India's manufacturing growth falls in July; weakest since Nov India's manufacturing sector witnessed a slowdown in July - the weakest growth rate since November - because of moderation in domestic and export orders amid sagging global economy, an HSBC survey said. The HSBC India Manufacturing Purchasing Managers' Index (PMI) - a measure of factory production declined to 52.9 in July, from 55 in June. Reserve Bank of India eases hedging rules to aid volumes The Reserve Bank of India liberalised hedging norms to boost trading volumes in the over-the-counter market. The RBI had imposed these restrictions to curb speculation in the foreign exchange market after the rupee weakened by over 18% between August and December 2011. Exporters can now credit 100% of their foreign exchange earnings to the EEFC (exchange earners' foreign currency account) without having to convert 50% of it in rupee terms. Indian elite have stashed at least $72.7 b in havens, says report At least $72.7 billion (Rs 4,06,900 crore) of wealth has moved from India to secretive offshore jurisdictions between 1976 and 2010, according to research conducted by campaign group Tax Justice Network.


Markets The market rose on bargain hunting last week after declining in past three consecutive weeks. Data showing resumption of buying of Indian stocks by foreign funds underpinned sentiment. The BSE Sensex rose 358.74 points or 2.13% to 17,197.93. The 50-unit S&P CNX Nifty rose 115.85 points or 2.27% to settle at 5,215.70. Previous week ended 27th July saw Sensex declined by 319.25 points or 1.86% to settle at 16,839.19 and Nifty by 105.25 points or 2.02% to settle at 5,099.85.

The India Meteorological Department (IMD) on Thursday, 2 August 2012, said the El Nino weather pattern is likely to reduce rains again in the second half of the June to September monsoon season. The IMD said rains over the entire June to September season are now expected to be less than 90% of long-term average. This is lower than IMD's previous forecast of 96%. State-run NTPC was the top Sensex gainer last week. It jumped 8.66% to Rs 166.30. NTPC's management said at a conference call held in Mumbai on Thursday, 2 August 2012, that the company has targeted capacity addition of 14,038 MW during the 12th Plan Five year plan. Key Highlights: :Muthoot Finance Q1 Net Profit up 29% at Rs. 2.46 bn:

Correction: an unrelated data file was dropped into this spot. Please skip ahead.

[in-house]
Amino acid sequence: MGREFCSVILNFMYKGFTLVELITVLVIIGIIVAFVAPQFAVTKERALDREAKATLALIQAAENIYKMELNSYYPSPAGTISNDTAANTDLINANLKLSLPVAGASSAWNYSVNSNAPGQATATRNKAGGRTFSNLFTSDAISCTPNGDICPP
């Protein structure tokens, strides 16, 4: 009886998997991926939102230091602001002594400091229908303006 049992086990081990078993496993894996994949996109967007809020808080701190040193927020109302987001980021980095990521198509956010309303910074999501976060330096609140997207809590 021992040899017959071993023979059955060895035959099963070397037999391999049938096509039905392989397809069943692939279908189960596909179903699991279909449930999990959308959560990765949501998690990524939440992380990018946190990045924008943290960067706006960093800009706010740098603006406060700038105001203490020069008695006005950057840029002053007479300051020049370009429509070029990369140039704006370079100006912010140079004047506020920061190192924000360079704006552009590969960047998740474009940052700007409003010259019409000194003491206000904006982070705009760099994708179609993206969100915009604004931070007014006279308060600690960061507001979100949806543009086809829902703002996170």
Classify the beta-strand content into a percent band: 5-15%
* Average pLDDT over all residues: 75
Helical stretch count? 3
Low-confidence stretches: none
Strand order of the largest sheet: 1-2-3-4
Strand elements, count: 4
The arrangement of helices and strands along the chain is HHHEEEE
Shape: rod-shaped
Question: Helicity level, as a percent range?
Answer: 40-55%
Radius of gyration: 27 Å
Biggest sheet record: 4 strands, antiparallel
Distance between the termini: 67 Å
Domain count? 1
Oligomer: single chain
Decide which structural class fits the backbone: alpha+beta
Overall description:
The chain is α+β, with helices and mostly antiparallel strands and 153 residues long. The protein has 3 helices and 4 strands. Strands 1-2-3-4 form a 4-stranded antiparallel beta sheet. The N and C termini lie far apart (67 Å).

Muthoot Finance Ltd., the nation's largest Gold Loan Company has in the first quarter of the Financial Year 201213 registered net profit growth of 29% at Rs.2.46bn, total income grew by 41% at Rs. 12.94bn, Retail Loan Assets under Management decreased by Rs. 13.37bn to Rs. 233.36bn, a decline of 5%. Company plan to enter into a

consolidation phase during the year focusing on improving its customer service, training to staff and internal controls. HDFC Q1 cons net profit up 25% Housing Development Finance Corporation Ltd has posted a profit after tax attribute to the Corporation and its subsidiaries of Rs. 12758.60 mn for the quarter ended June 30, 2012 as compared to Rs. 10200.60 million for the quarter ended June 30, 2011.


Markets continued.... SpiceJet returned to profitability after five successive quarters of losses. SpiceJet saw growth in passenger traffic and a further increase in market share to 18.6% by June 30, 2012. Revenue for the first quarter ended June 30, 2012 increased by 51% to Rs. 1407 crore as compared to Rs. 931 crore of the quarter ended June 30, 2011.

SpiceJet has also returned to profitability after five successive quarters of losses. SpiceJet posted a Profit Before Tax (PBT) of Rs. 624.4mn for the quarter ended June 30, 2012 as against a loss of Rs. 719.6mn for the comparable period last fiscal year. Moody's cuts outlook on Germany, 2 others to negative Moody's Investors Service has revised to negative from stable the outlooks on the Aaa sovereign ratings of Germany, the Netherlands and Luxembourg. In addition, Moody's has also affirmed Finland's Aaa rating and stable outlook. Manappuram Finance's profit dips 15% at `158 cr